Social Capital and Support Provision As Foster Youth Transition to College
Methods: Study participants (N=34) are young adults (mean age=19.62, SD=1.23) recruited through Independent Living Programs and college programs serving foster youth in Portland, OR. The sample is 65% female, and participants identified as White (53%), Black/African American (21%), Hispanic/Latino (15%), or mixed race/other (15%). Youth were living with foster or adoptive families (44%), biological family (12%), partners or roommates (29%), or alone (15%). Using a name-generating network instrument (adapted from Tracy & Whittaker, 1990), participants identified support network members and reported on the strength of each relationship (frequency, closeness, and duration), the provision of social support (emotional, informational, and concrete), and the presence of ties between members. Network indicators were included in a cluster analysis to create profiles associated with social support provision.
Results: Cluster analysis distinguished four network profiles, primarily by size and member composition, and these clusters predicted total social support provision (F=5.247, p=.0050), specifically emotional support (F=6.439, p=.002) and informational support (F=5.988, p=.003). Two relatively high-support clusters were distinguished by large and compositionally diverse networks with both strong family-based ties (foster or biological) providing bonding capital, and weaker service-oriented ties providing bridging capital. Of these, the family-oriented cluster that had more bonding than bridging capital also provided the most total support (57% of measurable support). The service-oriented cluster with more bridging than bonding capital also provided relatively high support (44% of measurable support). Relatively less support provision was associated clusters indicating either bonding or bridging capital. A family-oriented cluster indicating some bonding capital with no bridging features provided the second-lowest total support (27%), and a cluster with some bridging but no bonding features provided the least support overall (23%). Representative social network visualizations illustrate cluster differences.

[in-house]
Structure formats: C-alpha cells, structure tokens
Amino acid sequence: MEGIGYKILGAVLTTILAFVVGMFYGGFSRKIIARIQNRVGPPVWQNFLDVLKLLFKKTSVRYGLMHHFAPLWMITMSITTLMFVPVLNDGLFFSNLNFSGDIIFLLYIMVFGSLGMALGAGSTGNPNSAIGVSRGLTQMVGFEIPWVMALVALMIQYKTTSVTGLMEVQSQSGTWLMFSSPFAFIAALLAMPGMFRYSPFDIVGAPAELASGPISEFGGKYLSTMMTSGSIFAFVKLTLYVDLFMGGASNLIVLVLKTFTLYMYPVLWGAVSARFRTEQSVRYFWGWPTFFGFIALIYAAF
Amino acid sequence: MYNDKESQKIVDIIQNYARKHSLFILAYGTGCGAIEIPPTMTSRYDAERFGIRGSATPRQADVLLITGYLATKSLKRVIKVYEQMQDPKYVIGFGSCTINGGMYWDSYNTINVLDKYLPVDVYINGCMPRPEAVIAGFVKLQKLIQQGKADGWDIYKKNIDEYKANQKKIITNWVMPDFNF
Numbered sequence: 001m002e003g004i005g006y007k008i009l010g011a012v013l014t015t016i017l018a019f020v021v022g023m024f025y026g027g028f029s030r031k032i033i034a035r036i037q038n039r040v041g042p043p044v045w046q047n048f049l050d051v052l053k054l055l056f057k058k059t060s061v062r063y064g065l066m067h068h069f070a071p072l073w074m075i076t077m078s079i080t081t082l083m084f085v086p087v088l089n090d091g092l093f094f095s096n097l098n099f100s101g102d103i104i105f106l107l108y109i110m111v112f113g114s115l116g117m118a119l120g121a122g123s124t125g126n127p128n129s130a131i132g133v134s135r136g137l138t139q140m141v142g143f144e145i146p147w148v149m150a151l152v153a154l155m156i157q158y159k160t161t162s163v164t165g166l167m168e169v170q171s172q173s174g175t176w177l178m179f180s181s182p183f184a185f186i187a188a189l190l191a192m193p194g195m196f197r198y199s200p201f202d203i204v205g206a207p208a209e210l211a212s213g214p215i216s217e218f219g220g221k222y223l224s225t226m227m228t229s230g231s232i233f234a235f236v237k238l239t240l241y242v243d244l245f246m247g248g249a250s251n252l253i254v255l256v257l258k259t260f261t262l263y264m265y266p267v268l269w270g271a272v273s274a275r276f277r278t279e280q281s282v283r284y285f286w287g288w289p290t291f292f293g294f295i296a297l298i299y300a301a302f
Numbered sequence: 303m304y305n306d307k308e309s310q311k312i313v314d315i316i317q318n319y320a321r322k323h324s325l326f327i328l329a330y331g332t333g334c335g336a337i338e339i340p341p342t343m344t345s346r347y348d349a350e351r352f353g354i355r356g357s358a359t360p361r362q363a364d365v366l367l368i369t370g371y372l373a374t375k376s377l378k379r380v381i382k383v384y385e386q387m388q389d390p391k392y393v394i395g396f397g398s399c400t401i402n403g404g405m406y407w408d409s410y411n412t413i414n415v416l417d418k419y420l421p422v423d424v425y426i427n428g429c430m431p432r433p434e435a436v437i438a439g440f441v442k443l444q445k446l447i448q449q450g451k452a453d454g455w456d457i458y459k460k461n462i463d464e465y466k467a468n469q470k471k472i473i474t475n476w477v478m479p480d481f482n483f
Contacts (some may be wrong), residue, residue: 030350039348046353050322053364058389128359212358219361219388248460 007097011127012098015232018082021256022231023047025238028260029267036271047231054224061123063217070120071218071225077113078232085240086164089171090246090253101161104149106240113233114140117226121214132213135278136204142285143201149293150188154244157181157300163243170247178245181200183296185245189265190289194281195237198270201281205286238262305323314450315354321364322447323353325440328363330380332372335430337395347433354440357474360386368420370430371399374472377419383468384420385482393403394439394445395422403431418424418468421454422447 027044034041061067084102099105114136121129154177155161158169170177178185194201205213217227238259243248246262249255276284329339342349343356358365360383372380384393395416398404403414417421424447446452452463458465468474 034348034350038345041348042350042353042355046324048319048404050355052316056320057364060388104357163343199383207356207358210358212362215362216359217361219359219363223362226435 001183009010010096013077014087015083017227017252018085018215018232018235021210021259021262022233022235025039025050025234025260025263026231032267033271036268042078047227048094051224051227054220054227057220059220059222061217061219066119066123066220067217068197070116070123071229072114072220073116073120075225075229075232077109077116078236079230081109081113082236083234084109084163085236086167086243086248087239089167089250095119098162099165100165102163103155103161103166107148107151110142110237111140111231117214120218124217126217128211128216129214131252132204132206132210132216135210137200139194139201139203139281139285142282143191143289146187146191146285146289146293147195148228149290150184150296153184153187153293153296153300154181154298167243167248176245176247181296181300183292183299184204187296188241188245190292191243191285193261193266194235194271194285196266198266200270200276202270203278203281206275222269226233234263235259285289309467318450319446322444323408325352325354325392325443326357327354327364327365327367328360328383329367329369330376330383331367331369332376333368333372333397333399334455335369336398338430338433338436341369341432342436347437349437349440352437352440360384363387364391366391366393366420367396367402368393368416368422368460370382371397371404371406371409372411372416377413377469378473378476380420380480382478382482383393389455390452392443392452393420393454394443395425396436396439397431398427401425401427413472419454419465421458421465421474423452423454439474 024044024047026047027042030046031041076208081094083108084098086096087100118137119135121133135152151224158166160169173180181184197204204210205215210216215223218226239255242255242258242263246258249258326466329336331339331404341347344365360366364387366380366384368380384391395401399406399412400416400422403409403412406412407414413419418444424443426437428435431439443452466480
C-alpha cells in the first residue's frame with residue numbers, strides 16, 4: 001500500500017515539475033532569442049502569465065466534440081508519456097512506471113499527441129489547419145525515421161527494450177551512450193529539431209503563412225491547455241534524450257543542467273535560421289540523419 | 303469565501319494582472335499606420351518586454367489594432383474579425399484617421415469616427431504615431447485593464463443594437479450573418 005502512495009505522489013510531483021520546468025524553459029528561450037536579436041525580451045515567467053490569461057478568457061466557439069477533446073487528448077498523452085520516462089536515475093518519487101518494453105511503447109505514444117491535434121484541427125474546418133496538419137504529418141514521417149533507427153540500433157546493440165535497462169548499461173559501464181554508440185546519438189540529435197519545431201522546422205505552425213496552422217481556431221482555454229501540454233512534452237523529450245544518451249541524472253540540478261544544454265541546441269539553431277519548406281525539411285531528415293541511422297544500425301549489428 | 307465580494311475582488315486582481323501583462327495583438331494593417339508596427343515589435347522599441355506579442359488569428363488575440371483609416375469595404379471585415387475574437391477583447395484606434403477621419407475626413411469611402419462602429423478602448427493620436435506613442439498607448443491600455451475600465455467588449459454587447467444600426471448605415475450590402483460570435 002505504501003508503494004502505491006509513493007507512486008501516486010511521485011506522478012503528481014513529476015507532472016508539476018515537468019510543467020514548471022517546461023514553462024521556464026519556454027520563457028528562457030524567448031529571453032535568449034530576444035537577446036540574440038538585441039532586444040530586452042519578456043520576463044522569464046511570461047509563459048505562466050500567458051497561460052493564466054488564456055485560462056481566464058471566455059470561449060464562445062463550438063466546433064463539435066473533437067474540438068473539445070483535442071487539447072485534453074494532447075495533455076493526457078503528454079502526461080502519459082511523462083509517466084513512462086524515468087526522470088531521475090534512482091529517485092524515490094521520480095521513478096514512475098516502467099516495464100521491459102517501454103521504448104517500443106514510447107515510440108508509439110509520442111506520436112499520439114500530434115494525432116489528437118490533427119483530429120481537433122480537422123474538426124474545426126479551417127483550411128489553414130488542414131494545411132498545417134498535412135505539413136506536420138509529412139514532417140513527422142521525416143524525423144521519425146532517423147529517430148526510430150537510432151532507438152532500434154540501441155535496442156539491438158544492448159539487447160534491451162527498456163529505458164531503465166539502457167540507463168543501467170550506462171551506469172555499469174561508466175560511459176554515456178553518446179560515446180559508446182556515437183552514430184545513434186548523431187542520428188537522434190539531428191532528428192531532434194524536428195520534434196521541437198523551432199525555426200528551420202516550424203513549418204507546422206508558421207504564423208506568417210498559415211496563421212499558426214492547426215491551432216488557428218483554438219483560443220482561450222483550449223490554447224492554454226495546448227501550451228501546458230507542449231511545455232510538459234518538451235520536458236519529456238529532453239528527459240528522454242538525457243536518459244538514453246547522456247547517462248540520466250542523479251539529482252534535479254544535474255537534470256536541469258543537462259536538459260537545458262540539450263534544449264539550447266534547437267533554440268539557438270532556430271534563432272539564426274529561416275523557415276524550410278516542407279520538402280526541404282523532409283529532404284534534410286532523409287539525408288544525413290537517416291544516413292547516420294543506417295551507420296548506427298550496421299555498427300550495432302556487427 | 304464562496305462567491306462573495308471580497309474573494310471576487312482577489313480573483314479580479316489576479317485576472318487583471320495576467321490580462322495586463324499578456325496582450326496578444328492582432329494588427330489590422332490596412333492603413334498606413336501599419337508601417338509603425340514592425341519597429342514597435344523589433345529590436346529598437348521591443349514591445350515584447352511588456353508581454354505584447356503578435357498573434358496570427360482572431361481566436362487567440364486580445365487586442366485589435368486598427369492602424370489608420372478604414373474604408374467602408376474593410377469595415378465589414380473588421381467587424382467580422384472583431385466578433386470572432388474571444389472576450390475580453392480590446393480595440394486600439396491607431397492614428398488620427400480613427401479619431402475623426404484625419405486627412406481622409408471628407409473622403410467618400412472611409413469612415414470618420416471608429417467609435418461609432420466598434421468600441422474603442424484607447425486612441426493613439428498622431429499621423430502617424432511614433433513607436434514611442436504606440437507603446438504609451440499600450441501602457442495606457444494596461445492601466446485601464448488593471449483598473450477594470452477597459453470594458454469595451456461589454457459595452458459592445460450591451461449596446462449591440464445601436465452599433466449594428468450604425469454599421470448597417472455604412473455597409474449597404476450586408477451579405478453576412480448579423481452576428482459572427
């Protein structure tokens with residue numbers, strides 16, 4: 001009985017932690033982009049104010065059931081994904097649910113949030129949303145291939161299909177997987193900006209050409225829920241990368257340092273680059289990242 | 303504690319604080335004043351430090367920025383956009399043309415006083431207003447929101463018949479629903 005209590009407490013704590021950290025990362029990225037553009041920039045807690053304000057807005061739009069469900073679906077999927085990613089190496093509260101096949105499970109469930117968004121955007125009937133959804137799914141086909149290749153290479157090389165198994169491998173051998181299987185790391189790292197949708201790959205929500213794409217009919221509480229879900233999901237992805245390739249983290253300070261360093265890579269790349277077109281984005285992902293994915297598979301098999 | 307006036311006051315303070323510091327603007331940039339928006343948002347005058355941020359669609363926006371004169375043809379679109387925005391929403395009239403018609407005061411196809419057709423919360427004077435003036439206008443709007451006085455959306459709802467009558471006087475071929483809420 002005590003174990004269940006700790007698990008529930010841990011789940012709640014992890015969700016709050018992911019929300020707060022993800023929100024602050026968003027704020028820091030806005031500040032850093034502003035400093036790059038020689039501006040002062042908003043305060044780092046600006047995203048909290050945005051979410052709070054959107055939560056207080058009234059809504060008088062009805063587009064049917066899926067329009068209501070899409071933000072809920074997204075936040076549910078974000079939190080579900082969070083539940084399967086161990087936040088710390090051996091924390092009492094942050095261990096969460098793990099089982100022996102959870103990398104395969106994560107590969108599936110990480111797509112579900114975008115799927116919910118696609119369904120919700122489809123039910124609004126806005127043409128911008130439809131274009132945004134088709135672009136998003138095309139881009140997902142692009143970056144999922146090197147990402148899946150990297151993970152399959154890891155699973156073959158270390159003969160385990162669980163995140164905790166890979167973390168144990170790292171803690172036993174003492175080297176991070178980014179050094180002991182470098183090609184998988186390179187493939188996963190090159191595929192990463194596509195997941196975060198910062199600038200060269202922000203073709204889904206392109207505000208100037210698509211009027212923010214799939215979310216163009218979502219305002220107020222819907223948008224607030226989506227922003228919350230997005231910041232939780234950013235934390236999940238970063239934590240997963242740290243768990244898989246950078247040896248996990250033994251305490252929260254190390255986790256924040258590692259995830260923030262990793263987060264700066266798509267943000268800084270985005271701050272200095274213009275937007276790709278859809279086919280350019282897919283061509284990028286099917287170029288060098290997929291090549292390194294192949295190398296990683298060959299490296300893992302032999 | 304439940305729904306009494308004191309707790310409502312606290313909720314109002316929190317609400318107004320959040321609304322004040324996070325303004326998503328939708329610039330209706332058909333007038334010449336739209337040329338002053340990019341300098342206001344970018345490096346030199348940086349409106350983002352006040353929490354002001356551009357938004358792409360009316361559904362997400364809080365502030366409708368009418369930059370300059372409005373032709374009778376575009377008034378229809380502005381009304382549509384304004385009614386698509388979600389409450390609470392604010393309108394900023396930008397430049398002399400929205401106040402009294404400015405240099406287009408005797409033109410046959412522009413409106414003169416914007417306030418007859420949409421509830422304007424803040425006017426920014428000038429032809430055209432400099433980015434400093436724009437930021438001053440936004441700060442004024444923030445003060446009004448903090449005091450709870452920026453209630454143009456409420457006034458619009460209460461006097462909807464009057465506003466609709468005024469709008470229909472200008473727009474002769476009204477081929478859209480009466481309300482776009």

Conclusions and Implications: In this study, four network-based profiles of support provision emerged based on the size and composition of networks identified by participants. Results indicate that broad and multi-dimensional support is associated with a combination of bonding and bridging features in foster youth networks during the transition to post-secondary education. Smaller networks with only bonding features provided less support, and smaller networks with only bridging features were associated with the least support provision. This conforms the cohesive support function of family-based or permanency-oriented relationships providing bonding capital, but also highlights the support-expanding function of weaker and more compositionally diverse ties to child welfare service providers and post-secondary staff and teachers, as well as friends.